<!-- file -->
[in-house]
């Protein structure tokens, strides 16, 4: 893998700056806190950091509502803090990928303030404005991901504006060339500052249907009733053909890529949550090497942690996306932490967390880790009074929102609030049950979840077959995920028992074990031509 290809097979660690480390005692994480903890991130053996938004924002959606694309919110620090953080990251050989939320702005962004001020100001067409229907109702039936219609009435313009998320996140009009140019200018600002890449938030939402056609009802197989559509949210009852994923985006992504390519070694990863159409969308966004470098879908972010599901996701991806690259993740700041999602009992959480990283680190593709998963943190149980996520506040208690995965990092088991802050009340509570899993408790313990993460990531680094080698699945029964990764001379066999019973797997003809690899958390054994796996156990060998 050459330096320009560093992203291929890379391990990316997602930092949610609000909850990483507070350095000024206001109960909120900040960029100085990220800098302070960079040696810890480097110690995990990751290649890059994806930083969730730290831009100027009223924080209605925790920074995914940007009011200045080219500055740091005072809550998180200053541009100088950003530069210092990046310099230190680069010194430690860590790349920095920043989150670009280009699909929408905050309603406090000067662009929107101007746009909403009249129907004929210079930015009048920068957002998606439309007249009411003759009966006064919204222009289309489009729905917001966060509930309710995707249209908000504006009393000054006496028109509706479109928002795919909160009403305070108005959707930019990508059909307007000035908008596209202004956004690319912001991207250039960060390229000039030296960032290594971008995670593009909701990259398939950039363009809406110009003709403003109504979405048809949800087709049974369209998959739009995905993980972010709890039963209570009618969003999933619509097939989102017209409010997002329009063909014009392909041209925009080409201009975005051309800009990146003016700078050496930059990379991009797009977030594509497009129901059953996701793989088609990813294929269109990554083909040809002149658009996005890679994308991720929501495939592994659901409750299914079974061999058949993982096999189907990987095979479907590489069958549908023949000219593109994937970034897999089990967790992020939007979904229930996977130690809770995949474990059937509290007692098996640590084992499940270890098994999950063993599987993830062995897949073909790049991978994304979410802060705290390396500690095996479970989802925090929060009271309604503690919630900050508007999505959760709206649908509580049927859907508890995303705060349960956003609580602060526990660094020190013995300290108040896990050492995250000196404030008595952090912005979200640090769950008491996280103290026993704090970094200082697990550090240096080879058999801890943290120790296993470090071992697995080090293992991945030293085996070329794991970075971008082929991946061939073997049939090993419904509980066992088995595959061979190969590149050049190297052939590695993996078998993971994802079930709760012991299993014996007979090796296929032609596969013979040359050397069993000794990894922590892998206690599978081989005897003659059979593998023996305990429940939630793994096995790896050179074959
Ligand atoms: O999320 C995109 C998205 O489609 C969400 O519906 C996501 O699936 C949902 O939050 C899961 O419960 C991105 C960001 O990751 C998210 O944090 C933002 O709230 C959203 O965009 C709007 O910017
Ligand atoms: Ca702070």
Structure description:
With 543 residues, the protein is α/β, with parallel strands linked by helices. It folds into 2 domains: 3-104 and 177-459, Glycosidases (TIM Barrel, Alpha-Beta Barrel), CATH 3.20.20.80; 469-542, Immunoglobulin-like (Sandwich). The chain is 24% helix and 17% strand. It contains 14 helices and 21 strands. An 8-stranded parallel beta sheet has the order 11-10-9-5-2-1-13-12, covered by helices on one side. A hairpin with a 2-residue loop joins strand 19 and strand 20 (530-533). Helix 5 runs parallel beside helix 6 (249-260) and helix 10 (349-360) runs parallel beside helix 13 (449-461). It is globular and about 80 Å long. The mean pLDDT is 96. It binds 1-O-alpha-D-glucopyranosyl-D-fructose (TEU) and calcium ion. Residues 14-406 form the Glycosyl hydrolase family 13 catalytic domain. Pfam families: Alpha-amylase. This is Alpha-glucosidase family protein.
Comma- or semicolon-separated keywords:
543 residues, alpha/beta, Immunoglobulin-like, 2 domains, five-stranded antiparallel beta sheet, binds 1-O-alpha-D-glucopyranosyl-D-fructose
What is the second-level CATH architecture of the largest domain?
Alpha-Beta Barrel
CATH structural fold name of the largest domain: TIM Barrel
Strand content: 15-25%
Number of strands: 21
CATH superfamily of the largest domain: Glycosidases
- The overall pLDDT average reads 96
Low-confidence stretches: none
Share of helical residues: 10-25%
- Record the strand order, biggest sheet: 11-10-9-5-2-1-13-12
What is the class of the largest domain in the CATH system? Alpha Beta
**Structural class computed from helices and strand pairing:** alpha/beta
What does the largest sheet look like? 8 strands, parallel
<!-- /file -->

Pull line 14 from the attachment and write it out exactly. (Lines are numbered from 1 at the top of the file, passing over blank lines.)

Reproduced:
CATH superfamily of the largest domain: Glycosidases